When speaking to Glory Fuimaono, the first thing that strikes you is her calm demeanour and quiet confidence; she radiates an air of trust and integrity. Glory, a Samoan woman, has risen through the ranks to become one of the most critical figures at the Ministry of Fisheries and Agriculture in Samoa, her home country in the Pacific.
Growing up with a single mother with two older siblings, Glory learned the value of hard work and determination from a young age. Today, she is the Assistant Chief Executive Officer for Legal Services and the youngest manager within the Ministry. Glory holds in high regard her senior colleagues and the knowledge they bring to the table, but she is also confident in her own abilities:
“It's truly a blessing to be working amongst Agriculture and Fisheries experts. While I deeply respect those who are senior and have many years of experience in the Ministry, I believe, when my professional capacity plays in critical and complex work-related situations and relative issues I have to stand my ground.”
Glory's journey to this point in her career was not an easy one, but her determination to succeed and to be able to influence a positive change in her community led her to earn a law degree and to become a respected figure in her field.
"I’ve always showed interest in reading and writing from a young age, which eventually became a habit which inspired me to take law. Additionally, it was around the same time my brother was nearing completion of his law studies. I guess it was a trend to follow your older siblings’ footsteps then and the limited number of scholarships and choice of tertiary institutions offered in my time.”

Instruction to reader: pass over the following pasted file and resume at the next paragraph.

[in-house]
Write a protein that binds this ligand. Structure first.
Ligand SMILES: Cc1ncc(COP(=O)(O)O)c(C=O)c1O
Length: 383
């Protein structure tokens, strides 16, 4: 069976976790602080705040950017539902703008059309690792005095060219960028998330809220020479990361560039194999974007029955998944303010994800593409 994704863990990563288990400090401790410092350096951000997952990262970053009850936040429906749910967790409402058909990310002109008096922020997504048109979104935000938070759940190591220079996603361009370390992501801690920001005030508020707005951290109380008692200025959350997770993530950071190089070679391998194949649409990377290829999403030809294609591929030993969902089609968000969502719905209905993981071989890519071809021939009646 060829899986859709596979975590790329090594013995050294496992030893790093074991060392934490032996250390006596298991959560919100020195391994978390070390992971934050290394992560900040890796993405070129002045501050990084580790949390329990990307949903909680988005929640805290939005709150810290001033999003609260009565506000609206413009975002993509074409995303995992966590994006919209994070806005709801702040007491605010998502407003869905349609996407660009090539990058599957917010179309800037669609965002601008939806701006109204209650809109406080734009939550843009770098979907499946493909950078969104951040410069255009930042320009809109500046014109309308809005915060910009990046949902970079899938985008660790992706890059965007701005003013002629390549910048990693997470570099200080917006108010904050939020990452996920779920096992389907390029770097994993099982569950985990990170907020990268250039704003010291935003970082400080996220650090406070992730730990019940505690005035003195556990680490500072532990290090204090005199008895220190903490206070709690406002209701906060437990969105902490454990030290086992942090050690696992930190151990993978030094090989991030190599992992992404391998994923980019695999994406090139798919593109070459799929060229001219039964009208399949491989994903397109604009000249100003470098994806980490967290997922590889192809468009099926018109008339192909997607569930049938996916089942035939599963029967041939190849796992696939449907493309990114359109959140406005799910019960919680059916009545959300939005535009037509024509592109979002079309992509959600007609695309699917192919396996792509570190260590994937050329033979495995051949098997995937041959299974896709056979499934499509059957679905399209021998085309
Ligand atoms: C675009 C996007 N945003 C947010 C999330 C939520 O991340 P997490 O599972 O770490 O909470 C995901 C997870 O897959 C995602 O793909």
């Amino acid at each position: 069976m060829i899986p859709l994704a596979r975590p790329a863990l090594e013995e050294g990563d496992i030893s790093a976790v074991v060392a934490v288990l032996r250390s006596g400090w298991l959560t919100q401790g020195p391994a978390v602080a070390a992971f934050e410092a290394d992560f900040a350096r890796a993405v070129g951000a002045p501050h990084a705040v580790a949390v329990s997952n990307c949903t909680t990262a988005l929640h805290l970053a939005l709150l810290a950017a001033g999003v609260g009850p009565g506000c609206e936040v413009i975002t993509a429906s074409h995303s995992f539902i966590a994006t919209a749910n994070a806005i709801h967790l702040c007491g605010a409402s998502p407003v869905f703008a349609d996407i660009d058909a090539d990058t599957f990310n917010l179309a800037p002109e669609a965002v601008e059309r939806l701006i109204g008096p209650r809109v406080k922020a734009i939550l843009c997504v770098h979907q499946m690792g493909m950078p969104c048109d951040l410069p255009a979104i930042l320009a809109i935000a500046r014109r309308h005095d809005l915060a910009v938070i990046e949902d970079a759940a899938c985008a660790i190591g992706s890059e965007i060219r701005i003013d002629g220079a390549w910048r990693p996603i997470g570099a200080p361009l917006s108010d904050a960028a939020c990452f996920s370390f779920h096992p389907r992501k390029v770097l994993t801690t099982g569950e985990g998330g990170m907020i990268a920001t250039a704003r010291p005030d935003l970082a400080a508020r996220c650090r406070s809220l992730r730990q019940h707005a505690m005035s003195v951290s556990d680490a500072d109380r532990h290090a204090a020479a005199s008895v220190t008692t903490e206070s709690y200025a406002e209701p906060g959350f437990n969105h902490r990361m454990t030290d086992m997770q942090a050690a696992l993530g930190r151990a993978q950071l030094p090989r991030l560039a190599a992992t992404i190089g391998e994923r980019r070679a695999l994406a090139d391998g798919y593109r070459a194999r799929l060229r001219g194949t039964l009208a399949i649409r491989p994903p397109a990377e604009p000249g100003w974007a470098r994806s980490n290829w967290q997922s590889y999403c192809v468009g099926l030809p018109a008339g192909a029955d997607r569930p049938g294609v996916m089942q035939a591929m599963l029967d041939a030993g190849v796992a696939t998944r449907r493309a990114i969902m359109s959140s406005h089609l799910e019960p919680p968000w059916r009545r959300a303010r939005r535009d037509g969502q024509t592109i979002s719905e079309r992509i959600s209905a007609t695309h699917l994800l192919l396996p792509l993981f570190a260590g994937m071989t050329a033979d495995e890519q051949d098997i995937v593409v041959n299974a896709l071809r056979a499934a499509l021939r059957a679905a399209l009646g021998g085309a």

Glory was hired by a large Ministry that comprises nine different Divisions, which include Fisheries. Her role at the Ministry involves overseeing all of these Divisions. She has expressed a strong desire to acquire more knowledge and expertise in any of the Divisions that she manages, including Fisheries.
The SPC online course on drafting laws for Coastal Fisheries
In July 2022, the Pacific Community (SPC) in collaboration with the University of California College of the Law, San Francisco in California, launched the first SPC online course on legislative drafting for Coastal Fisheries. The Legislative Drafting course is a self-paced online course designed for fisheries policy and legal professionals interested in learning how to draft regulations, decrees, or other types of legislation on coastal fisheries.
As the only person overseeing the legal services in the Ministry of Fisheries and Agriculture, Glory was nominated by the Ministry to participate in the online course, on behalf of Samoa Fisheries. She took part in the online course alongside 29 other participants representing seven additional countries and territories.
The first part of the course used short video lectures, quizzes, exercises, and reading. Participants are asked to complete the course from their workplace at their own pace. Glory explained that this was her first exposure to coastal fisheries, and she found it “very helpful, educational, and informative”.